Dvorak String Quartet No. 11 & 13 - Quatuor Sine Nomine | VDE-GALLO

ANTONIN DVORAK : STRING QUARTET NO. 11 IN C MAJOR, OP. 61 – STRING QUARTET NO. 13 IN G MAJOR, OP. 106

VEL 1517

Antonín DVORAK : String Quartet No. 11 in C Major, Op. 61, B. 121 – String Quartet No. 13 in G Major, Op. 106, B. 192

Quatuor Sine Nomine : Patrick Genet, François Gottraux, Violins – Nicolas Pache, Viola – Marc Jaermann, Cello.

Booklet VEL 1517.pdf

Chamber music is both an important and constant element in the works of Antonin Dvořák. With his only musical training being that provided him by the schoolmaster of the village of Zlonice, it was in Dvořák’s String Quintet in A minor, Op. 1, followed soon thereafter by his String Quartet in A major, that this onetime butcher’s apprentice embarked on his career as a composer. The first of these works was written in 1861, when Dvořák was just twenty years of age ; the latter in 1862. Dvořák’s chamber music was to evolve along the same lines as his
symphonic works : first, a period in which he was in search of his own personal style ; followed by a period of Slavic influence, followed, in turn, by a period of American influence. And in his later works, Dvořák’s music is informed by deep feelings of national pride.

The list of Dvořák’s chamber music is quite long : fourteen string quartets (including the unpublished works of his youth), one string sextet, two piano quartets, four piano trios, as well as several sonatas for violin and cello. The richness of Dvořák’s chamber music works rivals that of Schumann and Brahms. While such works as the New World symphony, the Dumky string trio and the American string quartet have certainly contributed to making Dvořák’s name widely known, they have also tended to mask a considerable part of the musical output
of the great Czech composer. This recording is intended to serve as irrefutable evidence of Dvořák’s unaffected and moving genius. Commissioned for a violinist at the Imperial Court of Vienna, the String Quartet in C major, Op. 61 was composed by Dvořák in 1881. Pressed for time, he was to rework various musical themes in this piece which he had already committed to paper several months earlier. This anecdote is significant, for, far from detracting from our appreciation of the work, it illustrates, rather, the extraordinary technical mastery of the composer.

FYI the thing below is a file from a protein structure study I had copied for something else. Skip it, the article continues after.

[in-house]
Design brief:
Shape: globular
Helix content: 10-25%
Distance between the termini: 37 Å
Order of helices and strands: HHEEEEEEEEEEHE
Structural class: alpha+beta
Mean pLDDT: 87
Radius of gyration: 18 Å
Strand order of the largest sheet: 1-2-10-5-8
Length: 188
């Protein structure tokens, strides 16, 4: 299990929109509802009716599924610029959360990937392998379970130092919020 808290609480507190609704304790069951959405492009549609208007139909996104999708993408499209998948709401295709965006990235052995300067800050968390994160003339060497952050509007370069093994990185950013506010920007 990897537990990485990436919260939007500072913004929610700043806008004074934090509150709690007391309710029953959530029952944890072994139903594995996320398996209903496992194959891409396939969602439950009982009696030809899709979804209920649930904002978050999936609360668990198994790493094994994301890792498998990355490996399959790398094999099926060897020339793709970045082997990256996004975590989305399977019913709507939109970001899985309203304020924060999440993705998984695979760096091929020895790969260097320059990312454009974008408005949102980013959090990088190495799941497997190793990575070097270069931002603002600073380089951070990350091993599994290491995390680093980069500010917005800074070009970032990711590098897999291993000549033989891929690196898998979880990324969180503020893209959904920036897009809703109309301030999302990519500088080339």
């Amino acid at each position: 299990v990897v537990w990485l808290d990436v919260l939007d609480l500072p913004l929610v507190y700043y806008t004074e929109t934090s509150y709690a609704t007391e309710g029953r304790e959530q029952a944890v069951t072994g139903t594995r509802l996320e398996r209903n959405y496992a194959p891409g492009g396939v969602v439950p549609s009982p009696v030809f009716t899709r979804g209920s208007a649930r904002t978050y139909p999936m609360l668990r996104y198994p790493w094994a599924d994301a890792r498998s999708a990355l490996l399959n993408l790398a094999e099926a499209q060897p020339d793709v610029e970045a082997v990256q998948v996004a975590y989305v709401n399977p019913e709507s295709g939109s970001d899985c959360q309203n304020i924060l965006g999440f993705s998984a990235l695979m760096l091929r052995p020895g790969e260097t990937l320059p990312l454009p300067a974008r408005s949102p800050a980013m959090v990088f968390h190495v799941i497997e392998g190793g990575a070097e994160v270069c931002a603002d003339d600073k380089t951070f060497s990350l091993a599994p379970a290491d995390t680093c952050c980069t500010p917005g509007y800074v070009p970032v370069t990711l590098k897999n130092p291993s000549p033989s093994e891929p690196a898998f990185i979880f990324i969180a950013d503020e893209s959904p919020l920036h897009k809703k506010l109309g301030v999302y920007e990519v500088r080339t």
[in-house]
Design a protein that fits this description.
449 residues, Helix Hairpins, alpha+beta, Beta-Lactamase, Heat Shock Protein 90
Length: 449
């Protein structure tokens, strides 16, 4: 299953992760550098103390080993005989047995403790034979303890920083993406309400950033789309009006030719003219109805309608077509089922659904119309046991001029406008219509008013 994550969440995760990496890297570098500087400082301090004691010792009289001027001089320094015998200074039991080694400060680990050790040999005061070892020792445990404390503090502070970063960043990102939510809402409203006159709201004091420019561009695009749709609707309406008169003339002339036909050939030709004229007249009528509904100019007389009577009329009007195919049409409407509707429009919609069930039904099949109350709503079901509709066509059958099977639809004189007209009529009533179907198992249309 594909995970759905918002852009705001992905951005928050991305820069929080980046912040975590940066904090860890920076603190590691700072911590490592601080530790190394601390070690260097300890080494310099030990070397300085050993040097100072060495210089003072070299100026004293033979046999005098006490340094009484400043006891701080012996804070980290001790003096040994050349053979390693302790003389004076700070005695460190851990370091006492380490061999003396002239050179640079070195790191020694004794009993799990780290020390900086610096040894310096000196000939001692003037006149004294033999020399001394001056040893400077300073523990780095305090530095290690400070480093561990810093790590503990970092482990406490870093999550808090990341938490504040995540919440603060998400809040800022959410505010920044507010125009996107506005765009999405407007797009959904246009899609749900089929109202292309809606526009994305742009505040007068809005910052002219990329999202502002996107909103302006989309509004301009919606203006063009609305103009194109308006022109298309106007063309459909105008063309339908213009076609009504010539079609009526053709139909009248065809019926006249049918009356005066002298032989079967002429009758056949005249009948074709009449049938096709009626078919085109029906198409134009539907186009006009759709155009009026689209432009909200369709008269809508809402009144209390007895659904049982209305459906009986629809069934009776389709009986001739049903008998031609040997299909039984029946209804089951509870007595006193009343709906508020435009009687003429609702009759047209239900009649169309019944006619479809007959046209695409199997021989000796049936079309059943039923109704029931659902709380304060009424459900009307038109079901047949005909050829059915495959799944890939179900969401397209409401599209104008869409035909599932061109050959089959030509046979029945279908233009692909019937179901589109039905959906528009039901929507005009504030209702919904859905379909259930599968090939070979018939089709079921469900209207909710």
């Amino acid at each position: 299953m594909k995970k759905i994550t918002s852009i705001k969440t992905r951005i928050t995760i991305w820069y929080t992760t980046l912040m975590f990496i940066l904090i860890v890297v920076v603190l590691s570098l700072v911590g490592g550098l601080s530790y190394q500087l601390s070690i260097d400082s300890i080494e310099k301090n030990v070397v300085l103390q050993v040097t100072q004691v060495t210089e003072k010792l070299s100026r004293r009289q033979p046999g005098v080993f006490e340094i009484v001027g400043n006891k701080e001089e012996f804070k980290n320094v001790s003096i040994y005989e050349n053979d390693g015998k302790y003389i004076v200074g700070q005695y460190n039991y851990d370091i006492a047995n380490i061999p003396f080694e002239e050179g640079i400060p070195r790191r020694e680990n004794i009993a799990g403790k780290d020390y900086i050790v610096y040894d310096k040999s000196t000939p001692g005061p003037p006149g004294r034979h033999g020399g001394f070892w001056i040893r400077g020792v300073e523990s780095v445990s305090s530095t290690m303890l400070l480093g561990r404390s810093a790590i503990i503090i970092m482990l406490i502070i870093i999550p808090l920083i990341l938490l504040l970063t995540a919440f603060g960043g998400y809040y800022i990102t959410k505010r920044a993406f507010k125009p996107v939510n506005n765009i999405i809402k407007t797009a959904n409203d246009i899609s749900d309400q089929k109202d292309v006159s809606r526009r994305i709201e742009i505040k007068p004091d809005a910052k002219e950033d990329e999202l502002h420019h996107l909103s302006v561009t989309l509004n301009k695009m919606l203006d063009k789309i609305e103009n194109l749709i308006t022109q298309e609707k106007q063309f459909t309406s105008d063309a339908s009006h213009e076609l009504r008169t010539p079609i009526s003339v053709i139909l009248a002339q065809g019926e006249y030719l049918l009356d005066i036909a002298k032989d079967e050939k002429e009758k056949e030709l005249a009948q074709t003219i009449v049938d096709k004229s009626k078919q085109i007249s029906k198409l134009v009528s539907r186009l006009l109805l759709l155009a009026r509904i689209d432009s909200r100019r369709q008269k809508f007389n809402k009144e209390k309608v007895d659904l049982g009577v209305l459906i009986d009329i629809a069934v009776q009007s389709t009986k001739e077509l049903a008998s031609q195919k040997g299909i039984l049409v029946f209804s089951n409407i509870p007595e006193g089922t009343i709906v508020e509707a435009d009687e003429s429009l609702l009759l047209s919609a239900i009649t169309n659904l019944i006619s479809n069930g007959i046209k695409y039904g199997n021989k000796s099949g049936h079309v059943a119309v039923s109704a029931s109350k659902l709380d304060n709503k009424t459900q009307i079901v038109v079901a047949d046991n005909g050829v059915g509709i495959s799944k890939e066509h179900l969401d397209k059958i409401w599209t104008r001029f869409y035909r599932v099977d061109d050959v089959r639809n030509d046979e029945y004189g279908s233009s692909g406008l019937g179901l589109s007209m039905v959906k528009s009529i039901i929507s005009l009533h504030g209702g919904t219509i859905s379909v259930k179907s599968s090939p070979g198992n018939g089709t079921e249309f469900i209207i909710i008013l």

Few echoes of traditional folk tunes are heard here ; insofar as its form and overall structure are concerned, they are influenced to a certain extent by the works of Beethoven. The first movement is deeply emotional elegy ; which is followed by a sprightly, highly rhythmical scherzo. The final movement is clearly the most fully developed of the three, consisting of a brief slow introduction, serving as the point of departure for a whirling Skocna (Reel), interrupted, in turn, by a theme permeated with the Slavic melancholy so dear to the composer.

Dvořák’s String Quartet in G major, Op. 106 (like his String Quartet in A flat, Op. 105) represents both the apogee and end of his chamber music output. Immediately upon returning to his native land, following three relatively happy years in the New World, Dvořák was to compose two string quartets (whose numbering is confusing insofar as opus 106 was actually written prior to opus 105). Using the form of the string quartet as the tool to express his joy, Dvořák incorporates into the scherzo and final movements memories of his stay in America – memories engulfed, however, in a strongly Slavic atmosphere. As Otakar Sourek, Dvořák’s biographer, points out : « The opening movements of the String Quartet in G major constitute its central core. The first movement, genuine, joyous and smiling, is remarkable for the originality of its musical ideas, as well as its boldness and grandeur. The second adagio movement possesses a hymn-like fervor, intoxicating beauty, rare depth and a solid structure ».

This string quartet wonderfully expresses the enthusiasm of the composer, delighted to set foot on his native soil once again after three years’ « exile » in America. Dvořák was 54 years of age upon his return. And while he had yet another nine years to live, this song of joy marks the end of his output of a musical genre for which he had produced so many fine works. From this point on, Dvořák was to devote his talents to the composition of program music and operatic works – a lifelong dream.

François Hudry

CHF 23.90

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